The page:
On Anger

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Sometimes you can’t beat going back to the original source. The great philosophers can be a tricky read, but equally, they can be very direct, simple and clear. Aristotle was.

Generally speaking there are many different kinds of afflictive or negative emotions, such as conceit, arrogance, jealousy, desire, lust, closed-mindedness and so on. But out of all these hatred and anger are considered to be the greatest evil, because they are the greatest obstacle to developing compassion and altruism, and they destroy one’s virtue and calmness of mind.

In thinking about anger there can be two types. One type of anger can be positive. This would be mainly due to one’s motivation. There can be some anger that is motivated by compassion or a sense of responsibility. Where anger is motivated by compassion it can be used as an impetus or a catalyst for a positive action.

Under these circumstances, a human emotion like anger can act as a force to bring about swift action. It creates a kind of energy that enables an individual to act quickly and decisively. It can be a powerful motivating factor. So sometimes that kind of anger can be positive.

All too often, however even though that kind of anger can act as a kind of protector and bring one extra energy, it is also blind, so it is uncertain whether it will become constructive or destructive in the end.

So, even though under rare circumstances some kinds of anger can be positive, generally speaking anger leads to ill feeling and hatred. And as far as hatred is concerned, it is never positive. It has no benefit at all. It is always totally negative.

The destructive effects of hatred are very visible, very obvious and immediate. For example, when a very strong or forceful thought of hatred arises within you, at that very instant it totally overwhelms you and destroys your peace of mind, your presence of mind disappears completely.

When such intense anger and hatred arises, it obliterates the best part of our brain, which is the ability to judge between right and wrong, and the long term and short term consequences of our actions. Our power of judgement becomes totally inoperable. It can no longer function. It is almost like you have become insane.

So this anger and hatred tends to throw you into a state of confusion, which just serves to make your problems and difficulties much worse.

Even at the physical level, hatred brings about a very ugly, unpleasant physical transformation of the individual. At the very instant where strong feelings of anger or hatred arise, no matter how hard the person tried to pretend or adopt a dignified pose, it is very obvious that the person’s face looks contorted and ugly. There is a very unpleasant expression and the person gives out a very hostile vibration.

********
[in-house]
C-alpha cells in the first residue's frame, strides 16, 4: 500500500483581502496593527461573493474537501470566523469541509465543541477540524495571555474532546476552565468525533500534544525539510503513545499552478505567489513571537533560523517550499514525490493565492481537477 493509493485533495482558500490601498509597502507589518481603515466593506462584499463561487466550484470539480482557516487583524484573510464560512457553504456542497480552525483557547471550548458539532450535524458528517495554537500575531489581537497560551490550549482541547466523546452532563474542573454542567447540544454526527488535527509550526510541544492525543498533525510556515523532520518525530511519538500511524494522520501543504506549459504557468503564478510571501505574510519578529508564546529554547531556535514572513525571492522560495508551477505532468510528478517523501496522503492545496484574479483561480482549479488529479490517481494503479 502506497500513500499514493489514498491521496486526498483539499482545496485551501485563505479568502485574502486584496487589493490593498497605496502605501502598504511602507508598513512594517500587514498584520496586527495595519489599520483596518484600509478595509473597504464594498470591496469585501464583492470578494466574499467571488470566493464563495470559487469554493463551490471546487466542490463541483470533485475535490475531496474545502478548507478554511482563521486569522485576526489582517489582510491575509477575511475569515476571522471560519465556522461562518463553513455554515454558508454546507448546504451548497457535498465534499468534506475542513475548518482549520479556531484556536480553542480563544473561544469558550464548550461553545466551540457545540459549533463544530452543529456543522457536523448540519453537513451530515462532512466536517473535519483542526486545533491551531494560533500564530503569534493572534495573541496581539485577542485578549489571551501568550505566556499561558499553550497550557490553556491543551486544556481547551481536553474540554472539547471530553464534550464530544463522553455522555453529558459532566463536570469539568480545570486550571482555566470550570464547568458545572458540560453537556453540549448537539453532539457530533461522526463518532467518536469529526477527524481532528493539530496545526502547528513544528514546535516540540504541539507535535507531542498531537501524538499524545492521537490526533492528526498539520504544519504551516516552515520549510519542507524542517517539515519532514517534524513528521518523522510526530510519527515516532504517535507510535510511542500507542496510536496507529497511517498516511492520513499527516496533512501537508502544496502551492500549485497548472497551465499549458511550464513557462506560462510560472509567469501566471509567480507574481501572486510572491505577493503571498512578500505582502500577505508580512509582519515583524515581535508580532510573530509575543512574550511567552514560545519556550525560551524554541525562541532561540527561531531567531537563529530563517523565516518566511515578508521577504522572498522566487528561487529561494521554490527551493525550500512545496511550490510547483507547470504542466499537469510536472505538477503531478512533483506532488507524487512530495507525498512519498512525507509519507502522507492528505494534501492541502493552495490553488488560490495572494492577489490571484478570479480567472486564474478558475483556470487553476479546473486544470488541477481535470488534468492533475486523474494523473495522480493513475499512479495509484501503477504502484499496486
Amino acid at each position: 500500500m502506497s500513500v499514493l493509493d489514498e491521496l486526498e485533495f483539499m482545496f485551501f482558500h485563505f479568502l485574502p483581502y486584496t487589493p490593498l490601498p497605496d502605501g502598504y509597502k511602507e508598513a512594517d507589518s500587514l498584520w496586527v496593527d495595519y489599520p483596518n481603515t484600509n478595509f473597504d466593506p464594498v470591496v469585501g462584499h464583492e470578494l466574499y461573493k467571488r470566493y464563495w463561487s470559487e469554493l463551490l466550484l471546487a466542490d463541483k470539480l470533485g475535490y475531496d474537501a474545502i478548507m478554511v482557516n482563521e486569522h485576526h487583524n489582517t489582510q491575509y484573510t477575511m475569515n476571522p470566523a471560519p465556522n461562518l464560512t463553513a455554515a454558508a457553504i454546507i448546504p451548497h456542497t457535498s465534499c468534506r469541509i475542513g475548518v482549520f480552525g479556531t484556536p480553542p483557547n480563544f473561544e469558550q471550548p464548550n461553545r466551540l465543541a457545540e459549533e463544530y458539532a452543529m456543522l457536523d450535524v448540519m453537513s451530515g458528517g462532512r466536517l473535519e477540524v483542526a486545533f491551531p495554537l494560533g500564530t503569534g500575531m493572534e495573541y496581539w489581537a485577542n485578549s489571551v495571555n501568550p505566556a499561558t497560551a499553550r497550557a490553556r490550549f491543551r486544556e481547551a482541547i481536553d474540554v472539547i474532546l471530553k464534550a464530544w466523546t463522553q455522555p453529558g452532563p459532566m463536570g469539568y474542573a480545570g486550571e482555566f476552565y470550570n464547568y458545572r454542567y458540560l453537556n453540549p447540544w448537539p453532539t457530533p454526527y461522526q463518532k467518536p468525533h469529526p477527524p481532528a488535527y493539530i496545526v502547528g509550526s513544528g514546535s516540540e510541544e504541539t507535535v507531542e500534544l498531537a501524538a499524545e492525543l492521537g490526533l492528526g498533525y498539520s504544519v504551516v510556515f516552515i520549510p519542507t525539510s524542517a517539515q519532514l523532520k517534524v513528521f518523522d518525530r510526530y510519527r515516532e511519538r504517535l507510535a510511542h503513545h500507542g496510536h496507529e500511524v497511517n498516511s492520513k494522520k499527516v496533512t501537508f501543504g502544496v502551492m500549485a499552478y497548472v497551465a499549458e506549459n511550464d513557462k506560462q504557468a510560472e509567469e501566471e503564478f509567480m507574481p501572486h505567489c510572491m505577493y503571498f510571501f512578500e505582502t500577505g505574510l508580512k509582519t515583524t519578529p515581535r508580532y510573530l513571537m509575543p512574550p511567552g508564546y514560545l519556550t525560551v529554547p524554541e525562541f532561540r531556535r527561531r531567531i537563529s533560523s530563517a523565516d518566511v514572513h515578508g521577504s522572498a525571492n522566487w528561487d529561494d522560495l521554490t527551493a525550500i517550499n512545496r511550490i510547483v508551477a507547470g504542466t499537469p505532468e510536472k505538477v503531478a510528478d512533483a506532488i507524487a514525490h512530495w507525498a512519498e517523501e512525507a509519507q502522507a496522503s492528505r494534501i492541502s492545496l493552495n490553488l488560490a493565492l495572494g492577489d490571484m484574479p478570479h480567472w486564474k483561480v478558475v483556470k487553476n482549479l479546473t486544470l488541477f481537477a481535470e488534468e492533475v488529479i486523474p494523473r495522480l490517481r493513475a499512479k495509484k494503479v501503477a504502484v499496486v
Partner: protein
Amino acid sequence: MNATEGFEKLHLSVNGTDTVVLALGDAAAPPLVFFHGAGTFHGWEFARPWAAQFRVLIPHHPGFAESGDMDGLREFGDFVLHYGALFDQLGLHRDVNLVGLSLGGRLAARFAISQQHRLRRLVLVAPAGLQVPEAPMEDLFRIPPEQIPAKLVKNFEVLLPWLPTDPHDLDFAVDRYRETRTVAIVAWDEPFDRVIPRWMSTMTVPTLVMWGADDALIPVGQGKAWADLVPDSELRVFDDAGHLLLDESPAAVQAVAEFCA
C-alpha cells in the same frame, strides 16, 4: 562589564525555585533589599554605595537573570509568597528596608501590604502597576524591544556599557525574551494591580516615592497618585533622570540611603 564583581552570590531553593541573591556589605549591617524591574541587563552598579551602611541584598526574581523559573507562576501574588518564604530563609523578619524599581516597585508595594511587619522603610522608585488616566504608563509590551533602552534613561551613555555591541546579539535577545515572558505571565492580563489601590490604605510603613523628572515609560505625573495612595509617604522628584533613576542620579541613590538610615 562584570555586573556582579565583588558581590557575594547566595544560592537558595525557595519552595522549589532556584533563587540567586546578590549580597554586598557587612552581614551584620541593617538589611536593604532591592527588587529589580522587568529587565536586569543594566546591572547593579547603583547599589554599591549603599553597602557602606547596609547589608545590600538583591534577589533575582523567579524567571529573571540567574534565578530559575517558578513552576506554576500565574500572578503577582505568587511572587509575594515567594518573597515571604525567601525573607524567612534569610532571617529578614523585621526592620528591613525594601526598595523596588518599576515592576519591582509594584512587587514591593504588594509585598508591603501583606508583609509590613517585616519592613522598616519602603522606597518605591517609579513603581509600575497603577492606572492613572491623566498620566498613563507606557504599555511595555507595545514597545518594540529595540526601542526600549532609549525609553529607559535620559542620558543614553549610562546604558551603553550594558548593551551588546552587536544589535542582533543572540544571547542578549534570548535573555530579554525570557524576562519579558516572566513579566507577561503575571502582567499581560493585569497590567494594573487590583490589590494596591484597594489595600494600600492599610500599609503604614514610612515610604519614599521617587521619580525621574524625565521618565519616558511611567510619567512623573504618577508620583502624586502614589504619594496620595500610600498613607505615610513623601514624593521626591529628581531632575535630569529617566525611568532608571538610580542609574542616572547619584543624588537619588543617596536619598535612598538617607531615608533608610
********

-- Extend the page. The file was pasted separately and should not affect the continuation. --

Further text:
Other people can sense it. It is almost as if they can feel steam coming out of that person’s body. So much so that not only are human brings capable of sensing it, but even animals, pets, would try to avoid that person at that instant. Also when a person harbours hateful thoughts, they tend to collect inside the person.

For reasons such as these, hatred is compared to an enemy. This internal enemy has no other function than causing us harm. It is our true enemy, our ultimate enemy. It has no other function than simply destroying us both in the immediate term and the long term.

This is very different from an ordinary enemy. Although an ordinary enemy, a person whom we may regard as an enemy, may engage in activities that are harmful to us, at least he or she has other functions; that person has got to eat, and that person has got to sleep. So he or she has many other functions and therefore cannot devote twenty-four hours a day of his or her existence to this project of destroying us.

On the other hand hatred has no other function, no other purpose, than destroying us. So by realising this fact, we should resolve that we will never give an opportunity for this enemy, hatred, to arise within us.

Words Aristotle himself could have written. But in fact come from a modern philosopher – the Dalai Lama.

Forget the stereotype of ‘bells and smells’, the condensed wisdom of the Dalai Lama’s lifetime of analysis and thought bears remarkable similarity to Aristotle – develop virtue, moderation and a supple mind. A good recipe for a good life.

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